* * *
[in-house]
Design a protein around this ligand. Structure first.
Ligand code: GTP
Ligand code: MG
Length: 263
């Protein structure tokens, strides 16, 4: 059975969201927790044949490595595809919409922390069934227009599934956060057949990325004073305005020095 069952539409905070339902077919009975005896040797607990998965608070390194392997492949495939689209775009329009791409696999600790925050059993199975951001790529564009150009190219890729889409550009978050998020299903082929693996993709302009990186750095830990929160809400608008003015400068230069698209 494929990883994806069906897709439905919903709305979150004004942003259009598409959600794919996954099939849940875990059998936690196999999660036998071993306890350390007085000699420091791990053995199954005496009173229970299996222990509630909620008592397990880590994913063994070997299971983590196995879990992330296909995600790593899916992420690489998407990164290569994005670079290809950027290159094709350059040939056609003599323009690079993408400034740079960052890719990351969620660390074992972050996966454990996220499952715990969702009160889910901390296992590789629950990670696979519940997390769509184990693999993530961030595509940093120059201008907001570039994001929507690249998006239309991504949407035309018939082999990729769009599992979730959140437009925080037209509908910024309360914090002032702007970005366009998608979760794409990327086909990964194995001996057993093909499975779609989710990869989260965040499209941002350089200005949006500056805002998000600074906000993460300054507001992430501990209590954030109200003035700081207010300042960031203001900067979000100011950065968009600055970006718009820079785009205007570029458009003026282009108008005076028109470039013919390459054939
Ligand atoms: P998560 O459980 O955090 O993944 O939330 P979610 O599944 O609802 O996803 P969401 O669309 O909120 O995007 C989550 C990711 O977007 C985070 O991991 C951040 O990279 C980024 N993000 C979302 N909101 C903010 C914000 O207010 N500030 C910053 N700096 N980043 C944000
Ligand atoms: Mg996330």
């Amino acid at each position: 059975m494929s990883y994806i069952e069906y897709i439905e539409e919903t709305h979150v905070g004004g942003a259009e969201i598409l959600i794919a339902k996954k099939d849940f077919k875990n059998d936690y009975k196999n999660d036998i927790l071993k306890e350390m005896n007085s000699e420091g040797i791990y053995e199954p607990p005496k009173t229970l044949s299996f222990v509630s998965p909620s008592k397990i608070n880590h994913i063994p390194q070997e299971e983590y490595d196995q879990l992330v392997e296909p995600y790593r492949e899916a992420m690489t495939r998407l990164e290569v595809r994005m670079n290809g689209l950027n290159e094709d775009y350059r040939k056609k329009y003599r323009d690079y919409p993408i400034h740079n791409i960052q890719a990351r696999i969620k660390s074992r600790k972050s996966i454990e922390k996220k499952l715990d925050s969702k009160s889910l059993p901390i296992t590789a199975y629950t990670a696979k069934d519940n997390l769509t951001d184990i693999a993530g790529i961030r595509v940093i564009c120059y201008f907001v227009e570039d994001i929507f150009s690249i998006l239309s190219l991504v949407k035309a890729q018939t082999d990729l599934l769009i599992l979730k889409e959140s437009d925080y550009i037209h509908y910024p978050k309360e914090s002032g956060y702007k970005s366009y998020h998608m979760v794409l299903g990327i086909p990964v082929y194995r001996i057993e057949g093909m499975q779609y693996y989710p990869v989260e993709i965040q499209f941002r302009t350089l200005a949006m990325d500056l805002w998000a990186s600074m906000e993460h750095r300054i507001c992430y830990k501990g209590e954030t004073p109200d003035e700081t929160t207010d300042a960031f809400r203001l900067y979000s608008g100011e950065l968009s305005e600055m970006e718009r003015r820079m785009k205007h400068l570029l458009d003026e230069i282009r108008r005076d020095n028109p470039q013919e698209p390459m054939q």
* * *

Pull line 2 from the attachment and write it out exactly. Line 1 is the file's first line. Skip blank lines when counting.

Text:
Design a protein around this ligand. Structure first.